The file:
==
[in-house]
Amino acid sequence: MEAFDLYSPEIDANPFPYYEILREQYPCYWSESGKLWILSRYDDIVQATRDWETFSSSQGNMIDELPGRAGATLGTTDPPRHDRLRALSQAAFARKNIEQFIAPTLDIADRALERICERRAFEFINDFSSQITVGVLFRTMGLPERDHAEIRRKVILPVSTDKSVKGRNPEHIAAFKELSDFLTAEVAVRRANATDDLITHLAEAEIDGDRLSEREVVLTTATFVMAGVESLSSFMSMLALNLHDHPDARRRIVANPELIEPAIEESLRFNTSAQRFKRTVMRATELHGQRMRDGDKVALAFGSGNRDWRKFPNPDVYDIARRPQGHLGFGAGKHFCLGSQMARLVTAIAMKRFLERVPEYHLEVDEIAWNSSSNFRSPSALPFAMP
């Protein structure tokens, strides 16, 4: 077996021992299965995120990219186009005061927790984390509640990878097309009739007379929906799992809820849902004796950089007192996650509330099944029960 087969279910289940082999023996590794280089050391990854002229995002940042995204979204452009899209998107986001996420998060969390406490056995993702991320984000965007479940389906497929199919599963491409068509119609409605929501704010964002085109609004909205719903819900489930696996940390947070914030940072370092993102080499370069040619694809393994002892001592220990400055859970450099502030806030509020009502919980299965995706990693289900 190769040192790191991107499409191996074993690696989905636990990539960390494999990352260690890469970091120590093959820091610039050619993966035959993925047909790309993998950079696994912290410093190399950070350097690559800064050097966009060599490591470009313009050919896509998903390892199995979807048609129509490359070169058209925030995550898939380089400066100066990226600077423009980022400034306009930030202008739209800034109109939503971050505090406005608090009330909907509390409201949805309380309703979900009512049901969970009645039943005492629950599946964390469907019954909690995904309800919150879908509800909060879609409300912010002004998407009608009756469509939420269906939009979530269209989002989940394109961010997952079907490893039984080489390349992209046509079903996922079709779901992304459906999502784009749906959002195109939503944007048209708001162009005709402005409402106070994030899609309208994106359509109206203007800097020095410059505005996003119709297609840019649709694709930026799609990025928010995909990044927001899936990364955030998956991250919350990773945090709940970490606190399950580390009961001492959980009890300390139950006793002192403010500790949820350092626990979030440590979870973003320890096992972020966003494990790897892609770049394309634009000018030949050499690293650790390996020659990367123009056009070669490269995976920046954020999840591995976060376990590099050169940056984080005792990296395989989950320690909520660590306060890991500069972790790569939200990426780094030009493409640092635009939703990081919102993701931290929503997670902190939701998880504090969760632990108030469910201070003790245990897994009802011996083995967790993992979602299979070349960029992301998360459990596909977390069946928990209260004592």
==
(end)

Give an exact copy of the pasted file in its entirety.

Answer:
[in-house]
Amino acid sequence: MEAFDLYSPEIDANPFPYYEILREQYPCYWSESGKLWILSRYDDIVQATRDWETFSSSQGNMIDELPGRAGATLGTTDPPRHDRLRALSQAAFARKNIEQFIAPTLDIADRALERICERRAFEFINDFSSQITVGVLFRTMGLPERDHAEIRRKVILPVSTDKSVKGRNPEHIAAFKELSDFLTAEVAVRRANATDDLITHLAEAEIDGDRLSEREVVLTTATFVMAGVESLSSFMSMLALNLHDHPDARRRIVANPELIEPAIEESLRFNTSAQRFKRTVMRATELHGQRMRDGDKVALAFGSGNRDWRKFPNPDVYDIARRPQGHLGFGAGKHFCLGSQMARLVTAIAMKRFLERVPEYHLEVDEIAWNSSSNFRSPSALPFAMP
């Protein structure tokens, strides 16, 4: 077996021992299965995120990219186009005061927790984390509640990878097309009739007379929906799992809820849902004796950089007192996650509330099944029960 087969279910289940082999023996590794280089050391990854002229995002940042995204979204452009899209998107986001996420998060969390406490056995993702991320984000965007479940389906497929199919599963491409068509119609409605929501704010964002085109609004909205719903819900489930696996940390947070914030940072370092993102080499370069040619694809393994002892001592220990400055859970450099502030806030509020009502919980299965995706990693289900 190769040192790191991107499409191996074993690696989905636990990539960390494999990352260690890469970091120590093959820091610039050619993966035959993925047909790309993998950079696994912290410093190399950070350097690559800064050097966009060599490591470009313009050919896509998903390892199995979807048609129509490359070169058209925030995550898939380089400066100066990226600077423009980022400034306009930030202008739209800034109109939503971050505090406005608090009330909907509390409201949805309380309703979900009512049901969970009645039943005492629950599946964390469907019954909690995904309800919150879908509800909060879609409300912010002004998407009608009756469509939420269906939009979530269209989002989940394109961010997952079907490893039984080489390349992209046509079903996922079709779901992304459906999502784009749906959002195109939503944007048209708001162009005709402005409402106070994030899609309208994106359509109206203007800097020095410059505005996003119709297609840019649709694709930026799609990025928010995909990044927001899936990364955030998956991250919350990773945090709940970490606190399950580390009961001492959980009890300390139950006793002192403010500790949820350092626990979030440590979870973003320890096992972020966003494990790897892609770049394309634009000018030949050499690293650790390996020659990367123009056009070669490269995976920046954020999840591995976060376990590099050169940056984080005792990296395989989950320690909520660590306060890991500069972790790569939200990426780094030009493409640092635009939703990081919102993701931290929503997670902190939701998880504090969760632990108030469910201070003790245990897994009802011996083995967790993992979602299979070349960029992301998360459990596909977390069946928990209260004592």